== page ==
In a DevOps driven world there is a great deal of emphasize on monitoring which could cause ‘data hypochondria’ if you are not careful. In order to keep up with business demands and new technology continuous monitoring and analytics are a necessity. The value of the data being gathered depends on the actuality and context provided by the human observer or consumer of that data. Therefor we need to separate false positives from false negatives.
This is where I draw the analogy with human healthcare and more specifically commercial assessment scans that you can buy to scan your private health indicators (from multiple day full body scans, to smart watches). Being healthy and feeling healthy are both objective and subjective observations of the complex systems that we are. I will provide examples showing that we use similar quality judgments (as we describe our health) when we discuss IT systems by saying things like: “The service looks healthy”, “The website is life”, “The heartbeat signal is interrupted”, “the drives are infected”.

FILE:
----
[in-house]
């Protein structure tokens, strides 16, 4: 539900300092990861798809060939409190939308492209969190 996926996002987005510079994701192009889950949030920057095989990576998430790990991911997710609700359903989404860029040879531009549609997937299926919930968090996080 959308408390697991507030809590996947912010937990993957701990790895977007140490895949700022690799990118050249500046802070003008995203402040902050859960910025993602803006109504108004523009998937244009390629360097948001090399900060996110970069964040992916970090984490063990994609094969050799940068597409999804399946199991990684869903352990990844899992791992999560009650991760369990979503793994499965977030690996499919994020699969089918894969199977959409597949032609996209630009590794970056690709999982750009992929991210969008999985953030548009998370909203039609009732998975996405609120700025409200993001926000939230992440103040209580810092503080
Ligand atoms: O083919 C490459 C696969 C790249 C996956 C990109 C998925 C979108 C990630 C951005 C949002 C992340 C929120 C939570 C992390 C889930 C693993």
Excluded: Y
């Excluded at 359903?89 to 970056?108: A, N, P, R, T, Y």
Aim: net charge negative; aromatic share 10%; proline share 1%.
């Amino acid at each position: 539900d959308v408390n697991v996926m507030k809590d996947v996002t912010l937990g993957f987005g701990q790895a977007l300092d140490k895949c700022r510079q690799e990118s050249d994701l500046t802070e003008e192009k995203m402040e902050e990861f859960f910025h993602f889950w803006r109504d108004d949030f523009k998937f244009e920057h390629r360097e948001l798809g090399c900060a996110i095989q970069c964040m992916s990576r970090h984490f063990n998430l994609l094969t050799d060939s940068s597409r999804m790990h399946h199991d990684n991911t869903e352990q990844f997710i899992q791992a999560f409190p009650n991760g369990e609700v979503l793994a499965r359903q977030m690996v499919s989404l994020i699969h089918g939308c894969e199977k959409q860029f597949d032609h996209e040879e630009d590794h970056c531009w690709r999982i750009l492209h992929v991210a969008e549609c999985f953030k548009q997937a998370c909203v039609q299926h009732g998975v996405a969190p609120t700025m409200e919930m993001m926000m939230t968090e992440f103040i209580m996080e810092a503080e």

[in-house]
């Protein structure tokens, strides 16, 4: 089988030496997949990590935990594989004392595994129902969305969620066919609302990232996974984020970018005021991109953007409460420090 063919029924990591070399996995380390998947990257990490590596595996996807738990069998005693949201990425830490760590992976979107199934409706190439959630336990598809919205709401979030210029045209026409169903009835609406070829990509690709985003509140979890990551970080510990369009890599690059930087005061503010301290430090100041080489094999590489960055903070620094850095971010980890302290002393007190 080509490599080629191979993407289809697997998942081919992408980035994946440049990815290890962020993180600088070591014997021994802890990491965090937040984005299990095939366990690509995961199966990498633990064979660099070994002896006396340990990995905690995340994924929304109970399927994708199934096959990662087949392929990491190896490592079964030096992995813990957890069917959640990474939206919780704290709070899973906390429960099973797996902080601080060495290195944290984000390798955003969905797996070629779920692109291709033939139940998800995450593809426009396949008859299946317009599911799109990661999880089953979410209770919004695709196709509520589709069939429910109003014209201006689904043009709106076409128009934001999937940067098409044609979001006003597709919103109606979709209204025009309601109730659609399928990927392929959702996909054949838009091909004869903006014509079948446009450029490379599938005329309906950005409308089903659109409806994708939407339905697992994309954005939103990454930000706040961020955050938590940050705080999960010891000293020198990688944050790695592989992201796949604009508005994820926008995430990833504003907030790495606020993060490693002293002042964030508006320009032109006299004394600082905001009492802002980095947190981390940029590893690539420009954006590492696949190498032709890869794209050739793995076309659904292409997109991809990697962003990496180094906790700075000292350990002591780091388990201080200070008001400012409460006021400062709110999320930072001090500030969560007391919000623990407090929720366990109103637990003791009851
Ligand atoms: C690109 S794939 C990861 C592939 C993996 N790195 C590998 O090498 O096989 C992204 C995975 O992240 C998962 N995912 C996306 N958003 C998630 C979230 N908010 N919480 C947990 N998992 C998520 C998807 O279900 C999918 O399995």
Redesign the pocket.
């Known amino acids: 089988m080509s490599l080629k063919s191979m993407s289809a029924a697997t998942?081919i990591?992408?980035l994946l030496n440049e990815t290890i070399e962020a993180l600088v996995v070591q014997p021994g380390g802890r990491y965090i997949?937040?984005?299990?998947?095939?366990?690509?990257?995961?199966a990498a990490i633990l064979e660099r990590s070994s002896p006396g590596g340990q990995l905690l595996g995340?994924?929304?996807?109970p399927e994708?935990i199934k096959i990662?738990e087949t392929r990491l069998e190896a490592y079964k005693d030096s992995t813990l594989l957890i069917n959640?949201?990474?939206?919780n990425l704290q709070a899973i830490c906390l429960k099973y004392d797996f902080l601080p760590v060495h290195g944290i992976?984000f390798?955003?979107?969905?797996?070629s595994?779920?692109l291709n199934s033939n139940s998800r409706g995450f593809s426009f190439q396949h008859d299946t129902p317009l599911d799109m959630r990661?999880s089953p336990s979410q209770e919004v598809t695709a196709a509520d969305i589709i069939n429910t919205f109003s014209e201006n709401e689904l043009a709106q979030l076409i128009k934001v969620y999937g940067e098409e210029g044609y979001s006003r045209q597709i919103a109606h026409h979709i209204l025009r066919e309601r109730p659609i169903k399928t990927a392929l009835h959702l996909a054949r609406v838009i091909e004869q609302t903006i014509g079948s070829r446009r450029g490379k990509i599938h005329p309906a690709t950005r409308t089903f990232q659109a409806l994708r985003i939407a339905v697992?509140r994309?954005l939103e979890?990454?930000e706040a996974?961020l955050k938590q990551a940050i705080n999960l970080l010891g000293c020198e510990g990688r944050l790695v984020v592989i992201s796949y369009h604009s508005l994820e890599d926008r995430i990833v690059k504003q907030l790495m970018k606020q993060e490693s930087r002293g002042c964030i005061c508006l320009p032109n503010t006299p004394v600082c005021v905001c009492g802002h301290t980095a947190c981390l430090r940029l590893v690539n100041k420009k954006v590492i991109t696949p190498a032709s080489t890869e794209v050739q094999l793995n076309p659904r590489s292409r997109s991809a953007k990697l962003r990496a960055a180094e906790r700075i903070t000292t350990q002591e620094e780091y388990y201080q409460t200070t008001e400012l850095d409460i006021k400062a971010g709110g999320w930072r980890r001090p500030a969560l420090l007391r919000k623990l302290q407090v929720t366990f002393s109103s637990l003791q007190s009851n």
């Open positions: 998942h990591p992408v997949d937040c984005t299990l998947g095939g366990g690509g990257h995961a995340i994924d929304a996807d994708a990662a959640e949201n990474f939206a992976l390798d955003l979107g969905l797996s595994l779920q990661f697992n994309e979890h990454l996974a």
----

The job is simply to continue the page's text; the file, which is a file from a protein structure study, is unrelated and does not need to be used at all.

As our human body and health can marvel us so can the data derived from it become overwhelming. We need careful filtering and testing to gather the facts that are relevant. As our health is a continuous process (during our lifetime) we cannot take the signals that it provides for granted so continuous measurement and judgement of the data is required, however we should not forget to actually live without too much worry. I will give a few examples drawing further on the health analogy to show the continuous nature of complex systems and how they transform and sometimes even mutate. As change is a given, we need to adapt in a way that is both ‘healthy’, productive and fun.
To conclude: in order to find a nice balance, we need testing to provide valuable insights to make good (healthy) decisions.
About Albert-Jan van Blaaderen
Albert-Jan works for 15+ years in software testing in both management and principal executive roles. Acts as a liaison between product development and technical services. Likes technical challenges, troubleshooting and root-cause analysis. Lives in the Netherlands with his girlfriend and three cats, enjoys travelling, fencing and sipping mezcal.
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